NAACP, NOBLE teach traffic stop etiquette
The National Association for the Advancement of Colored People and the National Organization of Black Law Enforcement Officials hosted a special information session here at St. James African Methodist Episcopal. Church during the 113th annual NAACP Convention.
ATLANTIC CITY — The red and blue lights start flashing behind you. The police car slows down.
You’re being pulled over.
What happens next could largely depend on how you interact with the officer making the stop. That’s why the National Association for the Advancement of Colored People and the National Organization of Black Law Enforcement Officials hosted a special information session here at St. James African Methodist Episcopal Church during the 113 th annual NAACP Convention.
“Maintain your composure and conduct yourself in a mature manner,” said Quovella M. Maeweather, the NOBLE New Jersey chapter executive vice president. “Pull over and turn off your vehicle. Turn off devices that may distract you. Place your hands in a position that’s easily visible to the officer.”
Maeweather, who is also public safety director for Franklin Township in Somerset County, said safety is important on both sides. But the public also must understand their rights, she said.
The fourth amendment protects people from search without a warrant and the fifth amendment gives everyone the right to remain silent. But during a traffic stop officers have the right to ask for license, registration, and insurance.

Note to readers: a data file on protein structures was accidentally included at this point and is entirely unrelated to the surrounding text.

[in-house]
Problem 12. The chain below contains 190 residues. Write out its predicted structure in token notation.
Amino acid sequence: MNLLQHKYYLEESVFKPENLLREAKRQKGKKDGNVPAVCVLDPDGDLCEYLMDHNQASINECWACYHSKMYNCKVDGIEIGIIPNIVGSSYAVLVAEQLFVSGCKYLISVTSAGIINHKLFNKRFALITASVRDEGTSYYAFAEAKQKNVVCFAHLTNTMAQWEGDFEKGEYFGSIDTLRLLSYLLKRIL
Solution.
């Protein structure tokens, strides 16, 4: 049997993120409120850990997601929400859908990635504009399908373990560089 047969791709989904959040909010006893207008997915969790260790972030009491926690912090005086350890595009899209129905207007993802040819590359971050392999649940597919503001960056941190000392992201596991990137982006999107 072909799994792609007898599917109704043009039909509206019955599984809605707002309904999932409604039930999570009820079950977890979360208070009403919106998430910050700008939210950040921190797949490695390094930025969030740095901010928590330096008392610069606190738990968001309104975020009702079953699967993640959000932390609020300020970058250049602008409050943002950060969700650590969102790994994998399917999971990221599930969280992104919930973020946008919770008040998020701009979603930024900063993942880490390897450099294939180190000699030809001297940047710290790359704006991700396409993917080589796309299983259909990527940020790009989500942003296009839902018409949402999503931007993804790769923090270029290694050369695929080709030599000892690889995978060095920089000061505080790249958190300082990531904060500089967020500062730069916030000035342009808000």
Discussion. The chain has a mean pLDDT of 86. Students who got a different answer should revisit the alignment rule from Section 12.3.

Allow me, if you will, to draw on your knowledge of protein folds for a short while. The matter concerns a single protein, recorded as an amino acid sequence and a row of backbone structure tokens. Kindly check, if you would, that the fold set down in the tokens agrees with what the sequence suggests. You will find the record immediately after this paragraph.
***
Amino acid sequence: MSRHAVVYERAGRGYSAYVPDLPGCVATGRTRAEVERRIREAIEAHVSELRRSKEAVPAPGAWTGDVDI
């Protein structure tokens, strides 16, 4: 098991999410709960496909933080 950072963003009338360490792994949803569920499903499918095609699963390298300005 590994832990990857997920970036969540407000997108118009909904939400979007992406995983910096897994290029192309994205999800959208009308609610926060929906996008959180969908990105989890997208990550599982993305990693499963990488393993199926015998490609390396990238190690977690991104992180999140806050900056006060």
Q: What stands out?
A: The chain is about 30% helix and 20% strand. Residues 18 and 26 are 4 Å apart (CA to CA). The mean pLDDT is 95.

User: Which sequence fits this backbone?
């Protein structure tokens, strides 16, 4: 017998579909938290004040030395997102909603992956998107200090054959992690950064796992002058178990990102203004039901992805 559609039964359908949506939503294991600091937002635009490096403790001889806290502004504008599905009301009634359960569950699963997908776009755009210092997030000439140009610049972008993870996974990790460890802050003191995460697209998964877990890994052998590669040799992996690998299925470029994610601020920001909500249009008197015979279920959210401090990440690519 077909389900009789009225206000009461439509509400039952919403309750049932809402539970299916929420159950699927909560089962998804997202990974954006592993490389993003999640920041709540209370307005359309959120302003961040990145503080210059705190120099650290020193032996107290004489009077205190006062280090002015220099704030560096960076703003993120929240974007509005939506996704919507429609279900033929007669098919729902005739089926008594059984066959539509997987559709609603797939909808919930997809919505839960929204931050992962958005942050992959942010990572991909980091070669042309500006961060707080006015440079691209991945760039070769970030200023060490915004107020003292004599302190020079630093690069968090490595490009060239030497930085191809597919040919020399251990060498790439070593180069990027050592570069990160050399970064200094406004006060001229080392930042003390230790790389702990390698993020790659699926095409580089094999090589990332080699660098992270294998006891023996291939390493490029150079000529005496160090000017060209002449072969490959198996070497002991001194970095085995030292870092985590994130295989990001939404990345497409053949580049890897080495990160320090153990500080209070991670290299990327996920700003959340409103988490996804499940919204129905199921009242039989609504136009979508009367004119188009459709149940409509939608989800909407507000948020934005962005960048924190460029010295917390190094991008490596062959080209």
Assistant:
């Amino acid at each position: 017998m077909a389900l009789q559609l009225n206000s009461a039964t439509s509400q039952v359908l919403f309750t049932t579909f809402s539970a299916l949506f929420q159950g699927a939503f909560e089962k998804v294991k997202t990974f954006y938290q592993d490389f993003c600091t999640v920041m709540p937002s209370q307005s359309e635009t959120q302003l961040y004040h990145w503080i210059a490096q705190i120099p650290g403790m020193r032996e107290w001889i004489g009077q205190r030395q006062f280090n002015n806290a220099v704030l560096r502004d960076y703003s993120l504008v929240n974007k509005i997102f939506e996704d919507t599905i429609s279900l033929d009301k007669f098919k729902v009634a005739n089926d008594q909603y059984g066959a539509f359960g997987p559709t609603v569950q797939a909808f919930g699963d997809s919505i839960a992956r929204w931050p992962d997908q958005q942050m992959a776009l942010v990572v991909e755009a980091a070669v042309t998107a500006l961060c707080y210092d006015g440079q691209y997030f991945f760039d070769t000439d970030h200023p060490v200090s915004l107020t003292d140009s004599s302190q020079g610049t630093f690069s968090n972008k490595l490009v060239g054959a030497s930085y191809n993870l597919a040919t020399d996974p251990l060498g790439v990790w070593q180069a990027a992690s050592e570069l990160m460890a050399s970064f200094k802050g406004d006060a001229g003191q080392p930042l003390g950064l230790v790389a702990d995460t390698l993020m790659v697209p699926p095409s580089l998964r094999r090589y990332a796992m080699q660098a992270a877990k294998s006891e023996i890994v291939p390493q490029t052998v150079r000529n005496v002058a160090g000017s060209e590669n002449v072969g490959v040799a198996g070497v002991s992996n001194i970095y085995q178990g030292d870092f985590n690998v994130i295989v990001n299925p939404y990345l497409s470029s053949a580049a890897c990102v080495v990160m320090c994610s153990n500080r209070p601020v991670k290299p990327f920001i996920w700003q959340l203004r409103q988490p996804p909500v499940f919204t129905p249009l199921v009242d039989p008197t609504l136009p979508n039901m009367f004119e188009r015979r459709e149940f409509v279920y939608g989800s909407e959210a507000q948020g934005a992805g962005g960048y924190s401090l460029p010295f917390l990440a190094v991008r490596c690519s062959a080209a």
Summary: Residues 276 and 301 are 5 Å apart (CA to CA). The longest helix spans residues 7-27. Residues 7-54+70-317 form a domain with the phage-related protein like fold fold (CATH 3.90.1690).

“You do not have to say anything beyond confirming your identification,” Maeweather said.
Maeweather said the top three reasons for traffic stops are speeding, vehicle defects and records checks.
“We don’t just search a vehicle to search a vehicle,” Maeweather said.
She said people should follow similar guidelines when stopped on foot.
People should always remain calm, ask why they are being stopped and get clarity on whether they are a suspect in a crime, she said.
“Avoid any action or language that might create an unpredictable situation,” Maeweather said.
If someone feels they have been treated unfairly, they should contact internal affairs and make a complaint.
“If you feel something is not right, make the complaint. Follow your local guidelines and follow up if you have not been contacted,” Maeweather said. “If you don’t know the name, record the location, date, and time.”
Acting Chief James A. Sarkos, of the Atlantic City Police Department, said the local administration has been at the forefront of inclusion and community relations. To that end, Atlantic city is the ninth most diverse department in the state, was one of the first to implement body cameras and focuses on “procedural justice” by having the officers place a high value on listening and making decisions based on rules, Sarkos said.
“Mutual respect and understanding is our path to a better tomorrow,” said Sarkos.
Bruce DeShields, chief of detectives for the Atlantic County Prosecutor’s Office, said part of the reason people get into trouble is because they ignore their conscience.
“Life is all about decisions,” DeShields said.
Part of the mission of the prosecutor’s office is making sure justice is served fairly, DeShields said.
The Rev. James Coaxum III, pastor of St. James AME Church, said he hosted the information session on Friday July 15 because it was the right thing to do.
“It helps bring together law enforcement and our community,” Coaxum said. “The relationship of church and community has been important to us as a church and to me as a pastor.”
NAACP National Board of Directors Chairman Leon W. Russell said holding such forums helps build understanding between the community and police before tense situations arise.
“We have to be able to talk to each other, not at each other,” said Russell.
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